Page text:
BY THE COURT
routine traffic stop is a warrantless seizure under the
Fourth Amendment to the United States Constitution and is
therefore unreasonable unless the officer who initiates the
stop has a reasonable and articulable suspicion, based on
facts, that the person stopped has committed, is committing,
or is about to commit a crime.
Courts evaluate the existence of a reasonable suspicion under
a totality-of-the-circumstances analysis that requires a
State bears the burden to justify a warrantless seizure, and
it must do so with actual evidence. In determining whether
the State has met its burden, a court cannot draw inferences
in favor of the State from a lack of evidence in the record.
Doing so impermissibly relieves the State of its burden.
officer cannot begin a traffic stop to investigate whether
the driver of a vehicle has a valid license based solely on
the fact the vehicle's registered owner has a suspended
or revoked driver's license. The officer must be able to
point to specific and articulable facts from which the
officer can rationally infer that the driver of the
vehicle-not just the registered owner-has a suspended
of the judgment of the Court of Appeals in 54 Kan.App.2d 377,
400 P.3d 182 (2017).
from Douglas District Court; Paula B. Martin, judge.
Bauch, assistant district attorney, argued the cause, and
John Grobmyer, legal intern, Charles E. Branson, district
attorney, and Derek Schmidt, attorney general, were with him
on the brief for appellant.
Elbridge Griffy IV, of Lawrence, argued the cause and was on
the brief for appellee.
United States Supreme Court has determined that the Fourth
Amendment to the United States Constitution allows a law
enforcement officer to initiate a traffic stop only when the
officer has an articulable and reasonable suspicion, based on
fact, that the person stopped has committed, is committing,
or is about to commit a crime. Here, the officer stopped a
vehicle simply because he assumed the driver was the
registered owner, whose driver's license had been
revoked. The officer had no information to support the
assumption that the owner was the driver.
driver moved to suppress evidence obtained during the stop,
arguing the officer did not have reasonable suspicion of
illegal activity when he stopped the car. The district court
agreed, finding unreasonable the officer's assumption
that the car's driver was the registered owner. The State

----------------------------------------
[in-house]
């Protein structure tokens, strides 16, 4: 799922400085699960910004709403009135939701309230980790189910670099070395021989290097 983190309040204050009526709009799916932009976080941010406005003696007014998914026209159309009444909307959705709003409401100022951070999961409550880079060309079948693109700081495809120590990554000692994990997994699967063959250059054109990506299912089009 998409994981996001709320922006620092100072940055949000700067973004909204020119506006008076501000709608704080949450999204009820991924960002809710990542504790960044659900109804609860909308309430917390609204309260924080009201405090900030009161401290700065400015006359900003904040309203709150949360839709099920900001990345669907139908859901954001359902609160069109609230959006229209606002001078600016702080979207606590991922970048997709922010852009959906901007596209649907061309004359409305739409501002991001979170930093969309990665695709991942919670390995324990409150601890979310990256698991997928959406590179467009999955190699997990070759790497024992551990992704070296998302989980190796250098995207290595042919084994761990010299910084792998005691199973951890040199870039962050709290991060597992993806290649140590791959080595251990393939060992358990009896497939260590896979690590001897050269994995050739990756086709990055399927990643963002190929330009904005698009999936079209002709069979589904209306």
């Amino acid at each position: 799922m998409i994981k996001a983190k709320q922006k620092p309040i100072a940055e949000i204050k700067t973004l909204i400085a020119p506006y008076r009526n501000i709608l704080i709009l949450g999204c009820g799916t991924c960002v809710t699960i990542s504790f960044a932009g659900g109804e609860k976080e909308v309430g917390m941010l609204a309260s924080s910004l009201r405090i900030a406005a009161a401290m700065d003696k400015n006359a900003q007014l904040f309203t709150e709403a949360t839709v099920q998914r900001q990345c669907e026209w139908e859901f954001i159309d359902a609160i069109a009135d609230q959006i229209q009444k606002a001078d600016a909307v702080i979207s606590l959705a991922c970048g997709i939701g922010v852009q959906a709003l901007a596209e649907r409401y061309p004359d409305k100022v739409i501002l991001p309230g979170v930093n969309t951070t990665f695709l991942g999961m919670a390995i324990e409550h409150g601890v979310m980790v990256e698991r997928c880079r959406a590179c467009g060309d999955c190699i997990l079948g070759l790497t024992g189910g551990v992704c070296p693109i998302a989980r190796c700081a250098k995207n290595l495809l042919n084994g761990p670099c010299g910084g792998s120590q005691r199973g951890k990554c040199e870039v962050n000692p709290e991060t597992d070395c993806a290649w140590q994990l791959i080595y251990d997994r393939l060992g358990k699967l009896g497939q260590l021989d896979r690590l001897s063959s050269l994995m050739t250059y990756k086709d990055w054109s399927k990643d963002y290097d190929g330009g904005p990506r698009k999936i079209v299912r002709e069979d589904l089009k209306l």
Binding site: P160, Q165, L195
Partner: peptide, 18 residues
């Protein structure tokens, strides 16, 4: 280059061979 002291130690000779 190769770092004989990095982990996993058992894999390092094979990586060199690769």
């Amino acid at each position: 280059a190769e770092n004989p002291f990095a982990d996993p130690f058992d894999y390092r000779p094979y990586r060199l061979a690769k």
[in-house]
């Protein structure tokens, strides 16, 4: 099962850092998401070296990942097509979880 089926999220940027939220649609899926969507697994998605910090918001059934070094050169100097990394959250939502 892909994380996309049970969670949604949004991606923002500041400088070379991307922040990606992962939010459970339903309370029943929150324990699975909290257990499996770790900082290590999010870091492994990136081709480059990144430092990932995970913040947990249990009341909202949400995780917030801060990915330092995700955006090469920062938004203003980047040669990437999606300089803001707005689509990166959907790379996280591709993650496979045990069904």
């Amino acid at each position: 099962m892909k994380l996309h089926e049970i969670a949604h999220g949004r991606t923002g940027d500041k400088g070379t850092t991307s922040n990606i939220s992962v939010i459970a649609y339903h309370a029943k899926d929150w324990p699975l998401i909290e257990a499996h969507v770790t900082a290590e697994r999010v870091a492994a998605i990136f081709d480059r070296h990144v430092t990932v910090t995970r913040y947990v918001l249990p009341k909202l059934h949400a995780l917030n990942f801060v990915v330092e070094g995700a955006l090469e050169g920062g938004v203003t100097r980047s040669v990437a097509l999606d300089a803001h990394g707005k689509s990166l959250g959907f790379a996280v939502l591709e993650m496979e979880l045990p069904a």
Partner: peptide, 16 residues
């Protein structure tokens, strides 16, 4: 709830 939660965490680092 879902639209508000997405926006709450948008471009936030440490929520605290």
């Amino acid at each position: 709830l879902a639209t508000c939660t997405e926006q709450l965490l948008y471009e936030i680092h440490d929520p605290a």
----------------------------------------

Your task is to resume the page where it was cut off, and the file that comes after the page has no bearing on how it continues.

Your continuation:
appealed that ruling, and the Court of Appeals reversed.
State v. Glover, 54 Kan.App.2d 377, 400 P.3d 182
(2017). On review of that decision, we reverse the Court of
Appeals and affirm the district court. We hold the officer
lacked an articulable and reasonable suspicion that the
unidentified driver did not have a valid driver's
license; the officer's assumption was only a hunch and
was unsupported by a particularized and objective belief.
AND PROCEDURAL HISTORY
on routine patrol, Douglas County Sheriff's Deputy Mark
Mehrer observed a 1995 Chevrolet pickup truck and ran the
truck's license plate number through the Kansas
Department of Revenue's database. Deputy Mehrer learned
Charles Glover, Jr., had registered the vehicle and
Glover's Kansas driver's license had been revoked.
Deputy Mehrer did not observe any traffic violations but
initiated a traffic stop based on his assumption that Glover
was driving the vehicle. He did not try to confirm the
identity of the driver before initiating the traffic stop.
State charged Glover with driving as a habitual violator. He
filed a motion to suppress evidence, arguing the officer
lacked reasonable suspicion to initiate the traffic stop. The
parties entered into the following stipulation of facts on
which the district court decided the motion:
"1. Deputy Mark Mehrer is a certified law enforcement
officer employed by the Douglas County[, ] Kansas
"2. On April 28, 2016, Deputy Mehrer was on routine
patrol in Douglas County when he observed a 1995 Chevrolet
1500 pickup truck with Kansas plate 295ATJ.
"3. Deputy Mehrer ran Kansas plate 295ATJ through the
Kansas Department of Revenue's file service. The
registration came back to a 1995 Chevrolet 1500 ...